The 2017 ‘snap’ general election saw a substantial reconfiguration of party support during the short campaign from 18th April to Election Day on 8th June. From polling as low as 25% in mid-April, Labour rose to as high as 40% in the final polls, an estimate that matched their actual vote share. While not historically unprecedented, such large shifts in voting references are rare during the course of a campaign1. In the weeks after the election, the most widely held view was that Jeremy Corbyn had particularly appealed to young people, who turned out to vote at historically unprecedented levels – the so-called ‘Youthquake’2.
In a widely reported study, Prosser et al.3 questioned whether there had been any increase in youth turnout after all. They undertook an individual-level analysis of turnout amongst young people using the 2015 and 2017 waves of the Face-to-Face British Election Study (BES). Using these high quality data sets, they found no change in voting patterns for the under-30s between 2015 and 2017. Independently, the same conclusion was drawn by Curtice and Simpson4 in their analysis of the 2015 and 2017 British Social Attitudes (BSA) survey. While the BSA showed a 5 percentage point increase in turnout (from 56% to 61%) for the 18 to 24 group between 2015 and 2017, this was not statistically distinguishable from no change. In short, using the best data available, there was little in the way of support for the Youthquake theory.
However, while BES and BSA data sets employ gold-standard methodologies, including random sampling and in-home interviewing, they have a key weakness – the small sample sizes on which the comparisons between elections are based. For the BES, the validated vote samples for 18 to 24-year olds were 157 and 109 in 2015 and 2017 respectively. For the BSA, the 18 to 24-year old sample sizes were 289 in 2015 and 162 in 2017. These small samples mean that the probability of failing to reject a true null hypothesis of even quite substantial change in turnout between elections is high, particularly as the effective sample sizes will in practice be considerably smaller, when features of the sample design such as weighting and clustering are taken into account.
So, case closed? Perhaps not. In December last year the University of Essex released Wave 8 of the Understanding Society survey5. Understanding Society is a longitudinal household panel survey which interviews a random sample of the UK population annually on a range of different topics, including voting and party support. A key feature is its very large sample size (around 40,000 respondents at Wave 8). In Waves 2, 7, and 8 of Understanding Society respondents were asked whether they had voted in the most recent election and, if they had, which party they voted for (corresponding to the 2010, 2015 and 2017 general elections, respectively).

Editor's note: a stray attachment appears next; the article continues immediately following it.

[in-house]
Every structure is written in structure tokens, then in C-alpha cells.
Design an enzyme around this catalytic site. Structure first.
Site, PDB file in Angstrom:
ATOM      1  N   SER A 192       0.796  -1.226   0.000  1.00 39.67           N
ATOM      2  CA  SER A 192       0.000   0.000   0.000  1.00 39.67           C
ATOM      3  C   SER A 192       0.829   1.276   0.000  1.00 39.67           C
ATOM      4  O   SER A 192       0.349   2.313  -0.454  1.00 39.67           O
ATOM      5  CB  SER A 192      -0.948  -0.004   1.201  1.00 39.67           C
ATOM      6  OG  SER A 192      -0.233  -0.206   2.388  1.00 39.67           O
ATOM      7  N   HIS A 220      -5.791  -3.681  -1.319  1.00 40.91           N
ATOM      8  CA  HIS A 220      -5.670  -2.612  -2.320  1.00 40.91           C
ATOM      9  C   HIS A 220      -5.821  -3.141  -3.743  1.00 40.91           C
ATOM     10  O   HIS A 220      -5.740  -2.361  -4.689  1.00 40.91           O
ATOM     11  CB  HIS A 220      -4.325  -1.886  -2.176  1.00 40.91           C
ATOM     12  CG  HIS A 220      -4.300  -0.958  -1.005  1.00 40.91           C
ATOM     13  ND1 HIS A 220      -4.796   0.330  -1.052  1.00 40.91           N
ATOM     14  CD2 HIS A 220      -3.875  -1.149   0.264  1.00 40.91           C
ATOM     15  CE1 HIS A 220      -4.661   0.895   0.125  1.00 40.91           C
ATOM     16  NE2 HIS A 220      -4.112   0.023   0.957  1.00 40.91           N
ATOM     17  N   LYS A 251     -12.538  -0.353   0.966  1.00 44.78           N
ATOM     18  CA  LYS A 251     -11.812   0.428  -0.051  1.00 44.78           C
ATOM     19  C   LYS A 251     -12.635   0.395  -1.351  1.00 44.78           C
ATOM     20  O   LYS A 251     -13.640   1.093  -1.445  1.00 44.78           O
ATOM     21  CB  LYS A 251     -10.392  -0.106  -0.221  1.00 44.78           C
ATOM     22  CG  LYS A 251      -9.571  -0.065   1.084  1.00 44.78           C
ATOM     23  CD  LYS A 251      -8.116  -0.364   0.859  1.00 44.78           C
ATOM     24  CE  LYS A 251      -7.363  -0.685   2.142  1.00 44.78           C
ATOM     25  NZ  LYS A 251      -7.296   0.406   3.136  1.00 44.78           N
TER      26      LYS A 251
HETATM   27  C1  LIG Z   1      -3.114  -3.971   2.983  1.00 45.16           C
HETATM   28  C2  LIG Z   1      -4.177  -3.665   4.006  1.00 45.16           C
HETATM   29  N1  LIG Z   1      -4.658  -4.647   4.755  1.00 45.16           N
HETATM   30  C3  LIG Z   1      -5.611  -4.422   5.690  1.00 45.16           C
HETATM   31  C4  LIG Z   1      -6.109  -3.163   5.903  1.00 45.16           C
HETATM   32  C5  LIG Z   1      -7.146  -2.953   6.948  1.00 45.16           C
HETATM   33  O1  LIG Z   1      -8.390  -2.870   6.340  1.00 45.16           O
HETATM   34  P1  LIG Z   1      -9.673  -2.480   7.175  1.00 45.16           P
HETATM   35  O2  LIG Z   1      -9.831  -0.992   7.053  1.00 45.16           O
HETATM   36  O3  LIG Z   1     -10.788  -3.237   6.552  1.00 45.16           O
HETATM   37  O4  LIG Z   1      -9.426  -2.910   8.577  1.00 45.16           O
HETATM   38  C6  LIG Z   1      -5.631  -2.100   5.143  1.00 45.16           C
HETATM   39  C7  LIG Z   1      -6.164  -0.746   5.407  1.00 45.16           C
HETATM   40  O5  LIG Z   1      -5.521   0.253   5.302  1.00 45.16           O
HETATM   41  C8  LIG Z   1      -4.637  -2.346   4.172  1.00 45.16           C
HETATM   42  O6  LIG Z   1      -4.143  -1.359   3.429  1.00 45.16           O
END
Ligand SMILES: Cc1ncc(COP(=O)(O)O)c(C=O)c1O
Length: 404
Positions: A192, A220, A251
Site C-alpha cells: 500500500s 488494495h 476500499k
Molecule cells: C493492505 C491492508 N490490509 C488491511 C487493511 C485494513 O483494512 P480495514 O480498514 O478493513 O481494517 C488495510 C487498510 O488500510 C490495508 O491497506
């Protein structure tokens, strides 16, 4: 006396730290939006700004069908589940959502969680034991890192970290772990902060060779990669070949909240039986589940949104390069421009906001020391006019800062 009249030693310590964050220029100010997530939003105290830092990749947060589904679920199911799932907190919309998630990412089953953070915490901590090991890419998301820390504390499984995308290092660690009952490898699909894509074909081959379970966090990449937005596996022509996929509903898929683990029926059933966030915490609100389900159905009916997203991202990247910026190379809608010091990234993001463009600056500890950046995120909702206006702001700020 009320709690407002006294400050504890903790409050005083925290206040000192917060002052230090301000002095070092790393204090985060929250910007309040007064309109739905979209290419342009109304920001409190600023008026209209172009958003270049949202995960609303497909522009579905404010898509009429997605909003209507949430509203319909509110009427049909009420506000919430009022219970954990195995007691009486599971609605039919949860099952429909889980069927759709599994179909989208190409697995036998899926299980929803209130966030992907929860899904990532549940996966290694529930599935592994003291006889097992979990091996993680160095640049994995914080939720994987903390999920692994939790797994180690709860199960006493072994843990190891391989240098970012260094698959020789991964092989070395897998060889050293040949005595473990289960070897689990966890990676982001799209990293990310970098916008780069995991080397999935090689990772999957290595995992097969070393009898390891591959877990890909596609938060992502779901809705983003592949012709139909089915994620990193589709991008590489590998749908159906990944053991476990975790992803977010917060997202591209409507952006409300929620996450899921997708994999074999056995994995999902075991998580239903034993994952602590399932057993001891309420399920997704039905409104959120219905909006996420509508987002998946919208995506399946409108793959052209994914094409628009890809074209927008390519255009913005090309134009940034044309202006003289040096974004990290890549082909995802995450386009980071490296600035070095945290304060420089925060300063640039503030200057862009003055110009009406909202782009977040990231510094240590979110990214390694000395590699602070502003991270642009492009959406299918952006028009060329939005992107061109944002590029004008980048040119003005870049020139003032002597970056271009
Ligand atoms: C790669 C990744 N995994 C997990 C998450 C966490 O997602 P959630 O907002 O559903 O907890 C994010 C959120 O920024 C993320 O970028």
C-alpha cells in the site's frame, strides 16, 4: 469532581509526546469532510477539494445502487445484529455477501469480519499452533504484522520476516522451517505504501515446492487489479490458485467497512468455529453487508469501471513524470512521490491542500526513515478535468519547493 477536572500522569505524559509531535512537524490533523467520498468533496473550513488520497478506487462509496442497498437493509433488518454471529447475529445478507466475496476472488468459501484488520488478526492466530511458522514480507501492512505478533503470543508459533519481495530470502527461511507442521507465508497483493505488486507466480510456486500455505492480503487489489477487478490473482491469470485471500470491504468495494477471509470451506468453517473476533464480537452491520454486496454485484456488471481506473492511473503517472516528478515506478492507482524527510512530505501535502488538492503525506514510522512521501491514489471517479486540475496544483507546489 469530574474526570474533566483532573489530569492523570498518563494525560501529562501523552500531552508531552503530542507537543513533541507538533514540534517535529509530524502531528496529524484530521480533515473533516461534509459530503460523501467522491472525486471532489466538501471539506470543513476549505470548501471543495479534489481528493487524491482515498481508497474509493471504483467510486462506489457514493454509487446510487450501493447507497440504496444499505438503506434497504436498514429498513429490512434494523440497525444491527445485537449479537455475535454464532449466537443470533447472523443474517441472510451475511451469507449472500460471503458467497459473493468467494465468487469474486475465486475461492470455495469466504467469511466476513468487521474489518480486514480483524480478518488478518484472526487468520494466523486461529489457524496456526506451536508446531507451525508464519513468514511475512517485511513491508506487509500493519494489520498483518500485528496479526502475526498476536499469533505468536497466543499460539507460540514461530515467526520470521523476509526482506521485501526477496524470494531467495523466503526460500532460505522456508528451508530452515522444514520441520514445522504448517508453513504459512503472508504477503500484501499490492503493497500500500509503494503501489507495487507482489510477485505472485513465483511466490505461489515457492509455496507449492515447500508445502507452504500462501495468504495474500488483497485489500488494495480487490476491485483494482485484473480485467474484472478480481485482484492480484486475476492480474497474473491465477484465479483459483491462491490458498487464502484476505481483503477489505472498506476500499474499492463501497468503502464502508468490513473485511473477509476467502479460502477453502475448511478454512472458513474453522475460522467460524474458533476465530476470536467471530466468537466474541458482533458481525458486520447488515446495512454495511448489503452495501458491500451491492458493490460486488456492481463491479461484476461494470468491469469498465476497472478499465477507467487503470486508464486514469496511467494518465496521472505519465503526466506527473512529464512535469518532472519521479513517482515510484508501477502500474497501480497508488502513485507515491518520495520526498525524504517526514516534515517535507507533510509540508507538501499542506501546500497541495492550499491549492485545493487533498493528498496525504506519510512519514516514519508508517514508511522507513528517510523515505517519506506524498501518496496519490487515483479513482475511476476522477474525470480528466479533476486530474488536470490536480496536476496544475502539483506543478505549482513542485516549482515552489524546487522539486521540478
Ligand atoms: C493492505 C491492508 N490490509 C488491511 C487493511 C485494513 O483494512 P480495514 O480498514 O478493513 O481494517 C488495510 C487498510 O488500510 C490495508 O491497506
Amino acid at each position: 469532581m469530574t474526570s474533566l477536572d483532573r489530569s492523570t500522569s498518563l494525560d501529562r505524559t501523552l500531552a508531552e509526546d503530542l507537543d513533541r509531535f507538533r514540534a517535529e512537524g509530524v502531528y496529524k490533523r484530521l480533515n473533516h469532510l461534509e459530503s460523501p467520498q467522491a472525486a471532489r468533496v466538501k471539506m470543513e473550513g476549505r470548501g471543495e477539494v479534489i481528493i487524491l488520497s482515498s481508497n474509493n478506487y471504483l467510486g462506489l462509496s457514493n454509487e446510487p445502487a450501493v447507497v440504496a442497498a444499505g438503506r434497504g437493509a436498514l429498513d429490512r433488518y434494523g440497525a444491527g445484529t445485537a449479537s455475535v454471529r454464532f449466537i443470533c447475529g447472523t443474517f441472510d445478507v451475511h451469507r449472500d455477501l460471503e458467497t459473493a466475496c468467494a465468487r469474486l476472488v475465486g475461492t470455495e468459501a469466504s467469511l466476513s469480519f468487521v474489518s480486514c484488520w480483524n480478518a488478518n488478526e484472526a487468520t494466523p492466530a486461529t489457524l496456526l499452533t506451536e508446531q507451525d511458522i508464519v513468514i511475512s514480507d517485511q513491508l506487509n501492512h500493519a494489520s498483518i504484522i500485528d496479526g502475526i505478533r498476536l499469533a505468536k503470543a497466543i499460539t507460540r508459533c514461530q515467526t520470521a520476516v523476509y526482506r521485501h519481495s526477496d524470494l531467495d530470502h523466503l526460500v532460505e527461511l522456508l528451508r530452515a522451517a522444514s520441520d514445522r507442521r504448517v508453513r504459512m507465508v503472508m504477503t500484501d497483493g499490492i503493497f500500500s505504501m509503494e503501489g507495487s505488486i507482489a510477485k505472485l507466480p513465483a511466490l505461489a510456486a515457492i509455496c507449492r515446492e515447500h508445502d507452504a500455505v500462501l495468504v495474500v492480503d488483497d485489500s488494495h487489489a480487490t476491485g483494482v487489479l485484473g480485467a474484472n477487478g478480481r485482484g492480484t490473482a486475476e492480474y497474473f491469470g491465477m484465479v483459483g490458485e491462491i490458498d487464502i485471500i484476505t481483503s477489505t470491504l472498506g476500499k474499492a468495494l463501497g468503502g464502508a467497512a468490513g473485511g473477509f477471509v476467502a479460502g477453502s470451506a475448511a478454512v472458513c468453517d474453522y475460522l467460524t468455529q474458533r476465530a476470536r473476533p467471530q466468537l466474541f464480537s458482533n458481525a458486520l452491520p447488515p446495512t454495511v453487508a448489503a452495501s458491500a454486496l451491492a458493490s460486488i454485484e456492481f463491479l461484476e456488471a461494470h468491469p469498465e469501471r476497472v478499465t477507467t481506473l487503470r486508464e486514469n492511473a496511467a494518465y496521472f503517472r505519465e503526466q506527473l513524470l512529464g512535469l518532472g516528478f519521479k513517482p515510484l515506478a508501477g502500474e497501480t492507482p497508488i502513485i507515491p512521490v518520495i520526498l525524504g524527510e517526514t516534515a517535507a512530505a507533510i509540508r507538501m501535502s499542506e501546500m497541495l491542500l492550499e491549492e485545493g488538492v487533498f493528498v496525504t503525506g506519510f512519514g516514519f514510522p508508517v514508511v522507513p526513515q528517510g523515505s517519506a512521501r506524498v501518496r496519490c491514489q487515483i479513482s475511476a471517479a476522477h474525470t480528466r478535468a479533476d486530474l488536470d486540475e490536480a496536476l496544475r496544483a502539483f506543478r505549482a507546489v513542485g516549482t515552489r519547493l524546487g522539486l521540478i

Figure 1 plots non-parametric regression estimates of the relationship between age and turnout in Understanding Society. The dark blue line which represents turnout in 2017, is clearly and substantially higher for the youngest voters, aligning with 2015 turnout at around the age of 35. Interestingly, the figure also reveals a significant increase in turnout for the youngest voters between 2010 and 2015, a change which has not, to our knowledge, been previously noted – indeed the focus of Ed Miliband’s Labour on youth engagement in the run-up to the 2015 general election was widely derided at the time.
Our analysis of Understanding Society supports the conclusion that there was a spike in turnout amongst younger voters in 2017, with turnout increasing by 9 percentage points for voters aged under 25 and by 13 points for those aged 25 to 29. And, while the moniker ‘Youthquake’ no doubt overstates the true level of increase, the evidence from Understanding Society suggests that 2017 did witness a marked increase in turnout amongst young people.
Read more about Patrick and Will’s Youthquake research at: https://blogs.lse.ac.uk/politicsandpolicy/was-there-a-youthquakeafter-all/
2 Travis, A., and Barr, C. (2017). ‘‘Youthquake’ behind Labour election surge divides generations.’ The Guardian, 20 June 2017. https://www.theguardian.com/politics/2017/
4 Curtice, J. and Simpson, I. (2018). ‘Voting’ In Phillips, D., Curtice, J., Phillips, M. and Perry, J. (eds.) (2018), British Social Attitudes: The 35th Report, London: The National Centre for Social Research.
5 University of Essex, Institute for Social and Economic Research. (2018). Understanding Society: Waves 1-8, 2009-2017 and Harmonised BHPS: Waves 1-18, 1991-2009. [data collection]. 11th Edition. UK Data Service. SN: 6614, http://doi.
Submitted by Patrick Sturgis, National Centre for Research Methods and Will Jennings, University of Southampton on Tuesday, 25th June 2019